Eurocopter has finally admitted it cannot meet its self-imposed end-February deadline to return the global EC225 fleet to unrestricted service as it has been unable to identify the root cause of two North Sea ditchings in 2012.
The airframer's chief executive Lutz Bertling made the promise to an oil and gas industry forum in November. However, the manufacturer has now revealed its tests on the main gearbox bevel gear vertical shaft - the component that cracked in both incidents - have failed to produce any concrete answers.
Although it says it has been trying to identify a "most probable root cause" for the issue, it admits "this Eurocopter assumption has not been proven by tests".
A third test campaign will be launched at the end of January, it says, which will be "more sophisticated" than previous efforts.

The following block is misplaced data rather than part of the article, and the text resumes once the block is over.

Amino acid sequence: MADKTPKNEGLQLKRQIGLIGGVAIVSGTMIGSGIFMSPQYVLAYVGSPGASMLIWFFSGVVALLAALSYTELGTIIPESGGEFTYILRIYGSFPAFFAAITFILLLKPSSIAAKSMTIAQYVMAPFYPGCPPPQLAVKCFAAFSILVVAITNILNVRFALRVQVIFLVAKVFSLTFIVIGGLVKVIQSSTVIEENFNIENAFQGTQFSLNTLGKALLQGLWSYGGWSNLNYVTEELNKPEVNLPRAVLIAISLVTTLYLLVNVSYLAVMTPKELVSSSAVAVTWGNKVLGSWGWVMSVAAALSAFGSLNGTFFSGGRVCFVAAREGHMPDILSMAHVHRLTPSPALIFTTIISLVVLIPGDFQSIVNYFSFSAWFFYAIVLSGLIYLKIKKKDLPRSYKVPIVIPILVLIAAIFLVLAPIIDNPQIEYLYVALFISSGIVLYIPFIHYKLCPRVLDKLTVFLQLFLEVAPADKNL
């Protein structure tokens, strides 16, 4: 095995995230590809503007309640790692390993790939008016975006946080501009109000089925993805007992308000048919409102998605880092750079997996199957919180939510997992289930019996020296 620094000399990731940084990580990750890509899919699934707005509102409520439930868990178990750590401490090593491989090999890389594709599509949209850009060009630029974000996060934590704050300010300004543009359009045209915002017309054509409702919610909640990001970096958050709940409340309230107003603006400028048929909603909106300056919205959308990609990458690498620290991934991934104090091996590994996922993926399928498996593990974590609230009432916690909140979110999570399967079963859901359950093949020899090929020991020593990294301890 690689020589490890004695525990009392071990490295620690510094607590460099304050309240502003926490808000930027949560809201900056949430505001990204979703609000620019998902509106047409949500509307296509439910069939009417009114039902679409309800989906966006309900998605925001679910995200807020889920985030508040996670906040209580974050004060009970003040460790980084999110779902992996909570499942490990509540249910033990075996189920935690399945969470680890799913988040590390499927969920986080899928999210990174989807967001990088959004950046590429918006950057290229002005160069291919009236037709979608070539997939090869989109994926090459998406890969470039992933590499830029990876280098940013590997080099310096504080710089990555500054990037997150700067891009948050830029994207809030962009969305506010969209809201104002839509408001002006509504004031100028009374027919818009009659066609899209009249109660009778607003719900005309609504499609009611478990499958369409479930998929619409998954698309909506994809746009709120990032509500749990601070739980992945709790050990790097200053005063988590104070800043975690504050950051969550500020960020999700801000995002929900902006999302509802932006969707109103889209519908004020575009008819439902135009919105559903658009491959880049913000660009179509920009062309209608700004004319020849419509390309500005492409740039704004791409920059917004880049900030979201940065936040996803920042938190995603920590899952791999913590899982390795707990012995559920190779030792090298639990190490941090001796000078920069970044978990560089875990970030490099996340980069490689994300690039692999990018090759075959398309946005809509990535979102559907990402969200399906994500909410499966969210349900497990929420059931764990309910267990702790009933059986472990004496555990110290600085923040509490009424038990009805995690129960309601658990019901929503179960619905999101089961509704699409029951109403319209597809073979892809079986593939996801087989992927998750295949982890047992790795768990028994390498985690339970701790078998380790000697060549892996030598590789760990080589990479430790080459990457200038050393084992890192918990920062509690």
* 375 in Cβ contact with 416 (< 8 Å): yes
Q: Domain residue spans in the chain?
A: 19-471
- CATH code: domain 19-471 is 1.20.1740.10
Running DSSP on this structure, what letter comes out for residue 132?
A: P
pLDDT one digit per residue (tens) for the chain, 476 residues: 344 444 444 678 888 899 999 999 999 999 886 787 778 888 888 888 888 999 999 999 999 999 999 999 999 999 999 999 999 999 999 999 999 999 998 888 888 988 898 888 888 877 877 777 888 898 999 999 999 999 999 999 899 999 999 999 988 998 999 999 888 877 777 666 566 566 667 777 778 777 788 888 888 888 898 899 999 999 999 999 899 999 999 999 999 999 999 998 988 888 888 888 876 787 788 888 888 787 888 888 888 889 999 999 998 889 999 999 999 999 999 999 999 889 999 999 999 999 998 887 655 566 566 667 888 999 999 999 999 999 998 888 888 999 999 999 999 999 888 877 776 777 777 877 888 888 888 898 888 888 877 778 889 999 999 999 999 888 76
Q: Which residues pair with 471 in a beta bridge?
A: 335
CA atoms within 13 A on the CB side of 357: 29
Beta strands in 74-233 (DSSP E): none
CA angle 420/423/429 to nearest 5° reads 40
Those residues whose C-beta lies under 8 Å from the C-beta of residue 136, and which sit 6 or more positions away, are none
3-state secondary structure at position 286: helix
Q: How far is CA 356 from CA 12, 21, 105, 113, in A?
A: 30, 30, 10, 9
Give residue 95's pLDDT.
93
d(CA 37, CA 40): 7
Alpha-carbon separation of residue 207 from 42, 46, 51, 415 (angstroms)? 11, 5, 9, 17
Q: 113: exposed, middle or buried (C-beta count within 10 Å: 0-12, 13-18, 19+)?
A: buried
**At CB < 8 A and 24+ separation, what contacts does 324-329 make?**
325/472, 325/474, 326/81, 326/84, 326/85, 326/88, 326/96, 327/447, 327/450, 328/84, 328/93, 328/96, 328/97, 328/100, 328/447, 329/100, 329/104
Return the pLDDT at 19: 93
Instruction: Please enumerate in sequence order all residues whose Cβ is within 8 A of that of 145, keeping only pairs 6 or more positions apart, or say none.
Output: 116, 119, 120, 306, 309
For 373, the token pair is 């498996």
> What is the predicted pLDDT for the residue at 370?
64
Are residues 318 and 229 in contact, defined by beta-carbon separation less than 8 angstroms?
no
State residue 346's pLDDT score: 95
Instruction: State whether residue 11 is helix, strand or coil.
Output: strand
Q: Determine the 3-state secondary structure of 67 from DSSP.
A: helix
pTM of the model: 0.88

"Bench test results are expected at the end of February," it says.
"In addition, evaluations will continue on three alternative scenarios for the failures' cause and all results will be shared with the UK [Air Accidents Investigation Branch]."
Eurocopter says it is working with USA-based engineering consultancy Shainin Engineering on the issue. Shainin was previously employed by sister company Airbus to solve the cracking of wing components on the A380.
"The investigation remains the highest priority for the Eurocopter teams and the group is fully committed to complete testing and agreeing on corrective measures with the authorities and the various industry stakeholders," the airframer says.
Once the cause is found, Eurocopter still needs to identify a solution, certificate it and roll it out to EC225s across the world.
Civil aviation regulators in Norway and the UK have banned overwater flights of the type, leading to the grounding of 25 airframes across the North Sea region, as revealed by Flightglobal's Ascend Online database. The remainder of the global fleet can perform overwater flights, but with restrictions in place.